Highlighting your landscape, especially certain features of it, can set your home apart from all the others around the neighborhood. Be it the front or backyard, with the right type of lighting accenting certain features of your house, plants, or walkways, you can transform the ordinary yard to something amazing.
Start by stepping out to the curb of your home right around dusk, and think about what you would like to highlight. Think about how much light you want in certain places and even the type of light: soft, bright, colored, etc. Now do the same for the back, but as you do so, walk around and consider pathways, water features, special areas, or corners, and think about how they might look highlighted in the evening light. What do you really want to stand out or reflect light upon?
Once you have an idea of where and what you want to highlight, look at the styles, types, and designs of lighting that will accomplish your desire. There is so much to choose from and the Internet is filled with ideas and suppliers. Some types of lighting to consider are:
Accent Lighting: These put out controlled beams of light, accenting flowers or small points of interest in your landscape.
Down Lighting: These are spotlights placed high, out of sight, in trees. These fixtures shine down, illuminating details surrounding the tree. This should be a more ambient light for entertaining purpose, but is strong enough for security and safety. A professional might even recommend mercury vapor outdoor tree lights that are designed to render the moon's natural glow, with an increased bluish cast. Use colored lights sparingly, since they tend to appear less natural and too much will overwhelm the effect you are trying to achieve.
Up Lighting: Place these lights at the base of a structure or tree for a dramatic effect. Your autumn colors will be slightly captured as breezes blow through leaves.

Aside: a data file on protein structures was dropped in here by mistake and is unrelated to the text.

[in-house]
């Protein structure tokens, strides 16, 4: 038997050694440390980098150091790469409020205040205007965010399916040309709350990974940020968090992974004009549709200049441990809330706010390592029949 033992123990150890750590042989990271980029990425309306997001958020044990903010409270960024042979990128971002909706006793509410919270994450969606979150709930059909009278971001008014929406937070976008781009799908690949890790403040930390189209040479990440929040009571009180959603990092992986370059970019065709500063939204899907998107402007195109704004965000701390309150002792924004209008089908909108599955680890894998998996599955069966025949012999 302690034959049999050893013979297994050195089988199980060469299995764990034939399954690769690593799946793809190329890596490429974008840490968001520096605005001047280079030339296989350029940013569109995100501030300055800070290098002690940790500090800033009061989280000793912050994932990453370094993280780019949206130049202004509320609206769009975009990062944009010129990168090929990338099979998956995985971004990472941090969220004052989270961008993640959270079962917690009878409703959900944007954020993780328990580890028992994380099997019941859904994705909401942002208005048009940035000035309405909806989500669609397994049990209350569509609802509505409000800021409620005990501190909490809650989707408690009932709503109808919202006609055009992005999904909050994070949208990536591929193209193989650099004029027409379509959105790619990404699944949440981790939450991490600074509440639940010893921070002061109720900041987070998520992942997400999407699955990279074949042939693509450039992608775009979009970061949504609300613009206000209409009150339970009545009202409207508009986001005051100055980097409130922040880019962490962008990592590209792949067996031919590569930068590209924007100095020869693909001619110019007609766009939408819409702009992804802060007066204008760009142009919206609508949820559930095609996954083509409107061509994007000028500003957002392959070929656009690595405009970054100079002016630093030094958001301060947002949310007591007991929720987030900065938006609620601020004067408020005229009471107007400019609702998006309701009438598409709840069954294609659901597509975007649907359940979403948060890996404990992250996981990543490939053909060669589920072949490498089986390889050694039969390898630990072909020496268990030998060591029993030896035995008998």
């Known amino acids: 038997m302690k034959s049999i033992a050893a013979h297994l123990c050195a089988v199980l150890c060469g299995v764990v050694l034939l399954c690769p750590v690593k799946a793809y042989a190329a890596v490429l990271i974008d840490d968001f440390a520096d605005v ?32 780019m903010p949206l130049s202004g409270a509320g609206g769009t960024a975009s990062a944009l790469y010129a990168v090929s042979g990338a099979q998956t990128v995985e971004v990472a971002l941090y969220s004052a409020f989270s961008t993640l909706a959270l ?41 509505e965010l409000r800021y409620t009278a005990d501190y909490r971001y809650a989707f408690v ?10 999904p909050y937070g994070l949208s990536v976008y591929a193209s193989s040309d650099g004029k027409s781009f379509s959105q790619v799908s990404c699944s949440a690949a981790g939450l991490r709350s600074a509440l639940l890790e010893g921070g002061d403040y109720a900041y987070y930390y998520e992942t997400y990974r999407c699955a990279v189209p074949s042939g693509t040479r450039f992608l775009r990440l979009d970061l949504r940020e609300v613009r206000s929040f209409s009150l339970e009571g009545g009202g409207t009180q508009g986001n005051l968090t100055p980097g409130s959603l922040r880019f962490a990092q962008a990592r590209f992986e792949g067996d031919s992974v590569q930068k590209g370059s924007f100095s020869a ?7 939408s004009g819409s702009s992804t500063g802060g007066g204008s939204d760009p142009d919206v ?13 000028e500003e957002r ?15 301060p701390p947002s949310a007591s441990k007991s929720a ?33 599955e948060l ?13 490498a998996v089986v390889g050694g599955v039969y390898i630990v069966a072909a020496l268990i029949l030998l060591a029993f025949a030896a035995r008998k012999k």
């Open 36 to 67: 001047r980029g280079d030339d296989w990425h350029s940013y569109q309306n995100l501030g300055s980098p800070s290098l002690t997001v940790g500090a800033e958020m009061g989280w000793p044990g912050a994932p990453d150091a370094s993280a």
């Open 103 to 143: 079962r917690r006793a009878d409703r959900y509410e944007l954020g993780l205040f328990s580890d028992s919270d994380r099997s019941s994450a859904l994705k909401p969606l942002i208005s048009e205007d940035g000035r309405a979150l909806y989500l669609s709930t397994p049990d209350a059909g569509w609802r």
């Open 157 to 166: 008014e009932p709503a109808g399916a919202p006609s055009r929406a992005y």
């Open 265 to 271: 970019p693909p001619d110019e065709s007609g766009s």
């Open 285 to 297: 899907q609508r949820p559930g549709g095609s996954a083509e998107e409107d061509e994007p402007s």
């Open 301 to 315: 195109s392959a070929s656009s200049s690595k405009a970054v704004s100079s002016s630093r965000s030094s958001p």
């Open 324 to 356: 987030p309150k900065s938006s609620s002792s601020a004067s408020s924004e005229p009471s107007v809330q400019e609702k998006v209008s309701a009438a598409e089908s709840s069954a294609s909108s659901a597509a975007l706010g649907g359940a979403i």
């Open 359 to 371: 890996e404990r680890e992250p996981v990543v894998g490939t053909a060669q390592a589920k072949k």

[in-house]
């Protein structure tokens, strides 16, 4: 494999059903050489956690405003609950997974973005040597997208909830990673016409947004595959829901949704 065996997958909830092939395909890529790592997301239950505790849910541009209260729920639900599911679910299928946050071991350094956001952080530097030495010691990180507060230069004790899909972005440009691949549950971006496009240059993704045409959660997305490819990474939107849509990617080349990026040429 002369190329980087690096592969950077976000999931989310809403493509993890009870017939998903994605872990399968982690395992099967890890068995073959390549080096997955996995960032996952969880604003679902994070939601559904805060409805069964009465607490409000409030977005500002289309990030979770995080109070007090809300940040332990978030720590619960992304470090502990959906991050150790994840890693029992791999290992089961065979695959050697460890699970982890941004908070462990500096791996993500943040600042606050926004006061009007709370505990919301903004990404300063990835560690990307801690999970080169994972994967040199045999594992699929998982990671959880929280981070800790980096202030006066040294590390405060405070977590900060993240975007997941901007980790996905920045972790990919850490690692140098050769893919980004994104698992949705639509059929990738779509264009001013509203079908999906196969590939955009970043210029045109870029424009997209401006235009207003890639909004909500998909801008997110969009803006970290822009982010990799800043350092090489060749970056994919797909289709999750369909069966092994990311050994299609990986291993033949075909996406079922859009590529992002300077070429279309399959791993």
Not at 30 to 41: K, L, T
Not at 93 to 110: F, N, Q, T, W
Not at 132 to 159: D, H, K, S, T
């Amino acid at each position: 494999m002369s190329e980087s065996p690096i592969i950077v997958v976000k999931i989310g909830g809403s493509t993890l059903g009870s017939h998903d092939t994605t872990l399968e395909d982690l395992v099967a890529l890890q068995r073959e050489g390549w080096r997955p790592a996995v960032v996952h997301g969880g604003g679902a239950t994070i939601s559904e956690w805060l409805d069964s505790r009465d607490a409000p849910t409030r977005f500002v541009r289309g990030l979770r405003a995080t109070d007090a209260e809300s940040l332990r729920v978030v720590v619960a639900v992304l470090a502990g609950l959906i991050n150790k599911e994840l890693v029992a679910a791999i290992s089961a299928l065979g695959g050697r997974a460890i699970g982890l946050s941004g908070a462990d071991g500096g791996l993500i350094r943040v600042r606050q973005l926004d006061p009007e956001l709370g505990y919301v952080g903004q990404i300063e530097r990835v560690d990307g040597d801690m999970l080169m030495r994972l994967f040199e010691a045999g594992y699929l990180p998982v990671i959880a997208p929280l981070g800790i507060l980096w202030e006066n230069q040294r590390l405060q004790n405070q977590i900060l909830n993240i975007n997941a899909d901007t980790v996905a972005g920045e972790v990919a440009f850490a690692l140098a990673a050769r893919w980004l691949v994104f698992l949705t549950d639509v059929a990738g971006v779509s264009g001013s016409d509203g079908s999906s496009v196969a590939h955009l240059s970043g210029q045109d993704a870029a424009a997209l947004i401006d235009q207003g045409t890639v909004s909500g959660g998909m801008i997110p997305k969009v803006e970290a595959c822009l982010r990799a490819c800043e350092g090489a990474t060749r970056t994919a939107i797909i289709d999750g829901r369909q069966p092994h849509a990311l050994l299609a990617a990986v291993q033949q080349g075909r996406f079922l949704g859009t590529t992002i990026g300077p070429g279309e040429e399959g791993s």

Spot Lighting: These are more like floodlights that are directly aimed at stronger elements, such as statues or maybe water features.
Moon Lighting: These are floodlights placed high in trees to wash large areas with light and replicate the shine of a full moon. Angle a series of lights to achieve this effectively.
Shadow Lighting: Place these lights in such a way as to cast shadows from trees or sculptures, creating the contrast of light and shadow caused from a full moon.
Cross Lighting: Light up a tree or statue from two or more directions to give it a three-dimensional aspect.
Mood Lighting: This is an effect captured by mixing different light intensities. Layers of soft light, blended with stark shadow and bright spots will captivate the eye.
Mirror Lighting: This is achieved by lighting up a garden element so that it will be reflected in a pool of water.
Path Lighting: For obvious reasons, this is lighting that will make walkways safer and highlight any special effects of your pathway, such as flag stone. This lighting is most often low-voltage or solar powered and is easy to install.
Back Lighting: This is special effect lighting for large surfaces such as walls. The effect will cause objects in front of the lighting to appear as silhouettes, much more defined than shadowing.
Graze Lighting: This light will highlight raised edges of a surface as it casts deep, dark shadows in crevices. Position lights close to interesting, deeply textured surfaces, such as a brick wall, for emphasis on the texture.
Diffused Lighting: This type of lighting is most often used to cover a wide area with low-level illumination of soft light, such as patios, decks, and driveways.
Layering some of these types of lighting will produce strong contrast, creating an effect of a brilliant full moon. Set a mood or showcase the features of your home and landscape to their fullest advantage.
Large jobs should have some help and advice from a professional as the traditional landscaping lights require more work and need underground installation. They are connected to an outlet and operate from a switch and with dimmer switches added, the effect can convey the amazing view you were going after.
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